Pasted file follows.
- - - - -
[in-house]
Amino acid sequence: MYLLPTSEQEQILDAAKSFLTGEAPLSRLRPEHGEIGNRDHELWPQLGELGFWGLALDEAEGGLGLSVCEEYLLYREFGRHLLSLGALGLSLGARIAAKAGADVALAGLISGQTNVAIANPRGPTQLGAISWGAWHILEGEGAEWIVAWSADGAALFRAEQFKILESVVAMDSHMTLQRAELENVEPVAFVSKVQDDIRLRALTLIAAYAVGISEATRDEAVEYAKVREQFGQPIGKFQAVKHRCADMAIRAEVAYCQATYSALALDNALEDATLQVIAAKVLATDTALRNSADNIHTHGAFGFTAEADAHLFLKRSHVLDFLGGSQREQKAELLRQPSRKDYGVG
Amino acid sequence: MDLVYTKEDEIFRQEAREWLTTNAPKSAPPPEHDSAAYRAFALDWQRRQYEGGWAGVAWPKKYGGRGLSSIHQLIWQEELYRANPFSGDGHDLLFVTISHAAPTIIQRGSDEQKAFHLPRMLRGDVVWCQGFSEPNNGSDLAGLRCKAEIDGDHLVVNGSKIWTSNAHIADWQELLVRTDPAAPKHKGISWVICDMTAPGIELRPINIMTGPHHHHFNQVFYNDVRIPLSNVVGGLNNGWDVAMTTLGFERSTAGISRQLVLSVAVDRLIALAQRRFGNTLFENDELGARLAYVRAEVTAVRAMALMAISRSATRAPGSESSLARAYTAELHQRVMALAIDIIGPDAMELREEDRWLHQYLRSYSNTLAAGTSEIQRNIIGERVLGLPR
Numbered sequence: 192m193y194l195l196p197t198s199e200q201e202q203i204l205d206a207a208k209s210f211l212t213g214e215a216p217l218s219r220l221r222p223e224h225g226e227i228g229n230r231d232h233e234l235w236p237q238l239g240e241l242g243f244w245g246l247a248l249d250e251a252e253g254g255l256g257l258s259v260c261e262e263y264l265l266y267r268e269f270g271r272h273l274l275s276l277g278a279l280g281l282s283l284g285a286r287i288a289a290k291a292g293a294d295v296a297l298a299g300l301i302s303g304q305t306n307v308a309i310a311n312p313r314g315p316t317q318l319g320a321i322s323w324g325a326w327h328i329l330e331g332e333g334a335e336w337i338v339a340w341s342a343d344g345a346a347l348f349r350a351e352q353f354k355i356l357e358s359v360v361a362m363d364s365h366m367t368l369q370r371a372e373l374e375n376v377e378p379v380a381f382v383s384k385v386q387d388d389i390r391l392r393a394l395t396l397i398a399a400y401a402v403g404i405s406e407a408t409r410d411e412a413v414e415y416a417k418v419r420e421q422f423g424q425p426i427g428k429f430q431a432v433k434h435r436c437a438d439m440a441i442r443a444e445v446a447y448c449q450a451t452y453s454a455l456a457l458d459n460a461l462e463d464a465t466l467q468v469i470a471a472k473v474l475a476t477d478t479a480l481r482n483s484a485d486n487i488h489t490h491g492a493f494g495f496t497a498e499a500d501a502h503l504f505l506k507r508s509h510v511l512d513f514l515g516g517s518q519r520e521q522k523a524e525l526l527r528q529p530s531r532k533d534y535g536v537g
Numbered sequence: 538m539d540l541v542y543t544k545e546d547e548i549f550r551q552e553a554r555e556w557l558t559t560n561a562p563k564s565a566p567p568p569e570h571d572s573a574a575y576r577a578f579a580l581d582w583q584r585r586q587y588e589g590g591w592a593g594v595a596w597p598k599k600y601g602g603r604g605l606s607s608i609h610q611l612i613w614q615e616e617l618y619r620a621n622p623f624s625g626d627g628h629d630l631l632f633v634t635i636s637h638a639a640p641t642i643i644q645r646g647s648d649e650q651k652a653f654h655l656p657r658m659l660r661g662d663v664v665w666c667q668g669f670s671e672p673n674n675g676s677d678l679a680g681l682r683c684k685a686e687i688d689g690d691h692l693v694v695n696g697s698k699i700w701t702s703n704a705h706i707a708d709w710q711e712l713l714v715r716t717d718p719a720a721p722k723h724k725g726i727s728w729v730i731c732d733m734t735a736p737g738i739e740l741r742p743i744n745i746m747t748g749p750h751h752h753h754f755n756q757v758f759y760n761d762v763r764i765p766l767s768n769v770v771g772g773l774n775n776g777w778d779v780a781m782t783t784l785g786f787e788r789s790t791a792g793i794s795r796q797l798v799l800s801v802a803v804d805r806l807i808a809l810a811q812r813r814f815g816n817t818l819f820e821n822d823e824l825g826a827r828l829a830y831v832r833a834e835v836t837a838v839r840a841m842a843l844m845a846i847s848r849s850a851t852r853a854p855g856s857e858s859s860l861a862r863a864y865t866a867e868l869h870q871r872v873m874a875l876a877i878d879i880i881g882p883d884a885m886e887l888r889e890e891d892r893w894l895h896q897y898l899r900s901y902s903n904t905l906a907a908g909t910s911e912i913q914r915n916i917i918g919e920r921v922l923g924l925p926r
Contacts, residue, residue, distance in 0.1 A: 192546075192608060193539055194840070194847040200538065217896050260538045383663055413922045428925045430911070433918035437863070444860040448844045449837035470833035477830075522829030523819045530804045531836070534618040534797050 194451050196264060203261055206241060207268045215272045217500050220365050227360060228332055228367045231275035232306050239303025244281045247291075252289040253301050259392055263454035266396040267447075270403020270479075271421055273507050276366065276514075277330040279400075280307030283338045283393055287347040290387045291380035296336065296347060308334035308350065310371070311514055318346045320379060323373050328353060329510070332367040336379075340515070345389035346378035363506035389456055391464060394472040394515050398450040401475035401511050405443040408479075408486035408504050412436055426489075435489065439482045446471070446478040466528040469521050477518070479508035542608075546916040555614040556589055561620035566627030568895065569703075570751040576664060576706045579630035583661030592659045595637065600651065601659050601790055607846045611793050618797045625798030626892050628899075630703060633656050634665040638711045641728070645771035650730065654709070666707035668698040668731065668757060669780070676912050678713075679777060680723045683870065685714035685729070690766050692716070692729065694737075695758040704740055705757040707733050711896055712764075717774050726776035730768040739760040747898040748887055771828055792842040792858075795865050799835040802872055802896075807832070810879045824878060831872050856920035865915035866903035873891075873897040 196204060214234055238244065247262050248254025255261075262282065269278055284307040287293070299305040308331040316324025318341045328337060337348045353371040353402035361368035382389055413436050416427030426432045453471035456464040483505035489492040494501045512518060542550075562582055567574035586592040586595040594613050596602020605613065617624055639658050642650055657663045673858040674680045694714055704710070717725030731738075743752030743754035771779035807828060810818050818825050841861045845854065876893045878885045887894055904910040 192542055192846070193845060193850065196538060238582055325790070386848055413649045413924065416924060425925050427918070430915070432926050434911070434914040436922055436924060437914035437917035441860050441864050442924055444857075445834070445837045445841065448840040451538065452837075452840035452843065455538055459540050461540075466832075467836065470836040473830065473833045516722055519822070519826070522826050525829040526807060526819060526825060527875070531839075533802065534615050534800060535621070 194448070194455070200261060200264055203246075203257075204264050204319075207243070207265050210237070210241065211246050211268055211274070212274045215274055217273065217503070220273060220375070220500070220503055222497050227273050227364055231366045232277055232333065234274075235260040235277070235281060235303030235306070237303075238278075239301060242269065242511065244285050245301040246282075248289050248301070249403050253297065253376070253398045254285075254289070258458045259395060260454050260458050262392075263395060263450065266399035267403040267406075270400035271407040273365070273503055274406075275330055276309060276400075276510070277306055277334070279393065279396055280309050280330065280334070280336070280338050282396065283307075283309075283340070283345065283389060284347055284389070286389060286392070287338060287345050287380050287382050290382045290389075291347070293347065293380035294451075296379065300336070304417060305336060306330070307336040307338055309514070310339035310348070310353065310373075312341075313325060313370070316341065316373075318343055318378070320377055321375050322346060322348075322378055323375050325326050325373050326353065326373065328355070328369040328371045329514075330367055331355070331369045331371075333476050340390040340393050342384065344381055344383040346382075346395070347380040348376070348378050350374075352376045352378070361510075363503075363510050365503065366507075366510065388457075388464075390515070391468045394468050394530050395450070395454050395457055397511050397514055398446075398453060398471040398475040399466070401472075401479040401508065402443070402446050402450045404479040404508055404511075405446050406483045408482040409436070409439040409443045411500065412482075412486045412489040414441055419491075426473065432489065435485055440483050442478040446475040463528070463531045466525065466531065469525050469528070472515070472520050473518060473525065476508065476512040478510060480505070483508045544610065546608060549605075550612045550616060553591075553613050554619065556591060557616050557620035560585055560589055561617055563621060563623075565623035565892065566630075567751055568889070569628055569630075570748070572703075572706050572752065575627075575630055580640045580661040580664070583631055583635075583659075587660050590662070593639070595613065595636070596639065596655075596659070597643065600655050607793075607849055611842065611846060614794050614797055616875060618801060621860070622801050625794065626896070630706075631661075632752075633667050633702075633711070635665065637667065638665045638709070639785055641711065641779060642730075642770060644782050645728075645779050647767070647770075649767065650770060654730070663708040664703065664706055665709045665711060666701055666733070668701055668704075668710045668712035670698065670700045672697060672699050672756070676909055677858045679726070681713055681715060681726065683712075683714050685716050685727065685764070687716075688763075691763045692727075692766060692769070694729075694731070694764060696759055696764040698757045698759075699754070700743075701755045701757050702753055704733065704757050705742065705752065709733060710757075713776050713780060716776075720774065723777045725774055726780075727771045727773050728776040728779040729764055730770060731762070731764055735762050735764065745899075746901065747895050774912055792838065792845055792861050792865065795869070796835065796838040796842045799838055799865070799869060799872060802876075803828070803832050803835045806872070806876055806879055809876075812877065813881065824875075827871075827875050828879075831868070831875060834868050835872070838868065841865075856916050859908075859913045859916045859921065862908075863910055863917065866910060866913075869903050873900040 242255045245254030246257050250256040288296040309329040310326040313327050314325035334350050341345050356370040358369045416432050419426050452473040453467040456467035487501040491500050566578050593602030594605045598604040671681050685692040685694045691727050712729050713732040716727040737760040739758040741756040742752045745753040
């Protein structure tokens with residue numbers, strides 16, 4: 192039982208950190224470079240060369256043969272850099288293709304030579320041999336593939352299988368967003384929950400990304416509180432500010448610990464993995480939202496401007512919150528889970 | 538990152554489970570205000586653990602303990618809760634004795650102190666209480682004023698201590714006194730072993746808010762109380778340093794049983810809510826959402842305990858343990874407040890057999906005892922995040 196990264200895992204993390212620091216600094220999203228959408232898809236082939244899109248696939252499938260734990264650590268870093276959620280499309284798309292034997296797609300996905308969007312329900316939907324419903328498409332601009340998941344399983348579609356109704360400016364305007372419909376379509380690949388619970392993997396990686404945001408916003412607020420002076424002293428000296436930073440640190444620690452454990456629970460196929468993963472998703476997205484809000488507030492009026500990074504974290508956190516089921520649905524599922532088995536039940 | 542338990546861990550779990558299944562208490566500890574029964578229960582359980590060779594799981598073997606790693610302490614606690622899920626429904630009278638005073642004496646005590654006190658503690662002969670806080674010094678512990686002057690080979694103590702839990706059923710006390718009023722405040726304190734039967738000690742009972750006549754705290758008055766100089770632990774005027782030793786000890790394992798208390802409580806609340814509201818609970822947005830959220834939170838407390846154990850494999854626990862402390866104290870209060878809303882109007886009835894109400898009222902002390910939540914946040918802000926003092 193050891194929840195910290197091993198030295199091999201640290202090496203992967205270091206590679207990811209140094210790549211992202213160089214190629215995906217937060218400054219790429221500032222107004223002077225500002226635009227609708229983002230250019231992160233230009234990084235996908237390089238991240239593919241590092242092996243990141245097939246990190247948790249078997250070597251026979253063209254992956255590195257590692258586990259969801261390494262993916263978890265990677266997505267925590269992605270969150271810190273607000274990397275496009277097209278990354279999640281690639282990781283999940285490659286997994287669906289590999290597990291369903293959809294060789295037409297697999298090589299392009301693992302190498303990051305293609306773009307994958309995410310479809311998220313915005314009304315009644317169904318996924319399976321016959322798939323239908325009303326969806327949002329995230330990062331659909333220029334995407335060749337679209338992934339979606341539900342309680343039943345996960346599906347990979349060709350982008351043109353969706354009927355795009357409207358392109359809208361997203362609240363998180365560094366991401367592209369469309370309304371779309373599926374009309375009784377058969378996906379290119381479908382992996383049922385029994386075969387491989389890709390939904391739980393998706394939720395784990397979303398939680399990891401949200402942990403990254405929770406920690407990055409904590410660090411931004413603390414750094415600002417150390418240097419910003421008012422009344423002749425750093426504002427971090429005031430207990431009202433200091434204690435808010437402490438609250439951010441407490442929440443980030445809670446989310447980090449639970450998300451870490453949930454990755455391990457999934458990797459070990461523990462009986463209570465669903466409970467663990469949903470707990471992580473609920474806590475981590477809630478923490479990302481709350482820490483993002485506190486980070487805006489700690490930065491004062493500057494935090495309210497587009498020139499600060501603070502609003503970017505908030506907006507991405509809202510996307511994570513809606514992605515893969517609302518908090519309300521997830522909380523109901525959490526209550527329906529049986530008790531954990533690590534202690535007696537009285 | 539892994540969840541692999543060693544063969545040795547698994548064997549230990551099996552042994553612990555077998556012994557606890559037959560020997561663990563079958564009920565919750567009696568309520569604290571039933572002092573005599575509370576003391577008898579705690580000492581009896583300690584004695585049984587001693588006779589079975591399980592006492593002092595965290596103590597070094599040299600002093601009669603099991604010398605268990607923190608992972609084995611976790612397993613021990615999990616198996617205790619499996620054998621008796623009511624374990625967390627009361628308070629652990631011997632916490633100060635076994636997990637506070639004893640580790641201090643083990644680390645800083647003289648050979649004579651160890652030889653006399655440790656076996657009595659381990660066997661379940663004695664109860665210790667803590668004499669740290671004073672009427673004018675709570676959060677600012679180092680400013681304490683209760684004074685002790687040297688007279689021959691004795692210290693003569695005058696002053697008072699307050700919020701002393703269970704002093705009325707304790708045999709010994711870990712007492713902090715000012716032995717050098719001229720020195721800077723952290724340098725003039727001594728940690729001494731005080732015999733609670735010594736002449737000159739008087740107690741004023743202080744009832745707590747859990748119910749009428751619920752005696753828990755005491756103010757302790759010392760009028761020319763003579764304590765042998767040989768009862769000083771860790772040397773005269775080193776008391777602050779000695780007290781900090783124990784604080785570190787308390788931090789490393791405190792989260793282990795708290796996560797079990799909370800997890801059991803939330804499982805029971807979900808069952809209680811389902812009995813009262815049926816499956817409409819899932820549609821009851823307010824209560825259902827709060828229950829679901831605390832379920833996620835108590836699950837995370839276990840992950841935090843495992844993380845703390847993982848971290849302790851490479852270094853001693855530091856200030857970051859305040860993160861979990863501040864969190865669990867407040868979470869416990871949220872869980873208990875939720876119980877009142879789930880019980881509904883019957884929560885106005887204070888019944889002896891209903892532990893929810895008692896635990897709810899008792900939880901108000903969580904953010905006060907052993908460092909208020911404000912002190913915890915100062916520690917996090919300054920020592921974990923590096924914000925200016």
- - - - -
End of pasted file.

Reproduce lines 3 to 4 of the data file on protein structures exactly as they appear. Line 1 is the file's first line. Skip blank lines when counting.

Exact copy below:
Amino acid sequence: MDLVYTKEDEIFRQEAREWLTTNAPKSAPPPEHDSAAYRAFALDWQRRQYEGGWAGVAWPKKYGGRGLSSIHQLIWQEELYRANPFSGDGHDLLFVTISHAAPTIIQRGSDEQKAFHLPRMLRGDVVWCQGFSEPNNGSDLAGLRCKAEIDGDHLVVNGSKIWTSNAHIADWQELLVRTDPAAPKHKGISWVICDMTAPGIELRPINIMTGPHHHHFNQVFYNDVRIPLSNVVGGLNNGWDVAMTTLGFERSTAGISRQLVLSVAVDRLIALAQRRFGNTLFENDELGARLAYVRAEVTAVRAMALMAISRSATRAPGSESSLARAYTAELHQRVMALAIDIIGPDAMELREEDRWLHQYLRSYSNTLAAGTSEIQRNIIGERVLGLPR
Numbered sequence: 192m193y194l195l196p197t198s199e200q201e202q203i204l205d206a207a208k209s210f211l212t213g214e215a216p217l218s219r220l221r222p223e224h225g226e227i228g229n230r231d232h233e234l235w236p237q238l239g240e241l242g243f244w245g246l247a248l249d250e251a252e253g254g255l256g257l258s259v260c261e262e263y264l265l266y267r268e269f270g271r272h273l274l275s276l277g278a279l280g281l282s283l284g285a286r287i288a289a290k291a292g293a294d295v296a297l298a299g300l301i302s303g304q305t306n307v308a309i310a311n312p313r314g315p316t317q318l319g320a321i322s323w324g325a326w327h328i329l330e331g332e333g334a335e336w337i338v339a340w341s342a343d344g345a346a347l348f349r350a351e352q353f354k355i356l357e358s359v360v361a362m363d364s365h366m367t368l369q370r371a372e373l374e375n376v377e378p379v380a381f382v383s384k385v386q387d388d389i390r391l392r393a394l395t396l397i398a399a400y401a402v403g404i405s406e407a408t409r410d411e412a413v414e415y416a417k418v419r420e421q422f423g424q425p426i427g428k429f430q431a432v433k434h435r436c437a438d439m440a441i442r443a444e445v446a447y448c449q450a451t452y453s454a455l456a457l458d459n460a461l462e463d464a465t466l467q468v469i470a471a472k473v474l475a476t477d478t479a480l481r482n483s484a485d486n487i488h489t490h491g492a493f494g495f496t497a498e499a500d501a502h503l504f505l506k507r508s509h510v511l512d513f514l515g516g517s518q519r520e521q522k523a524e525l526l527r528q529p530s531r532k533d534y535g536v537g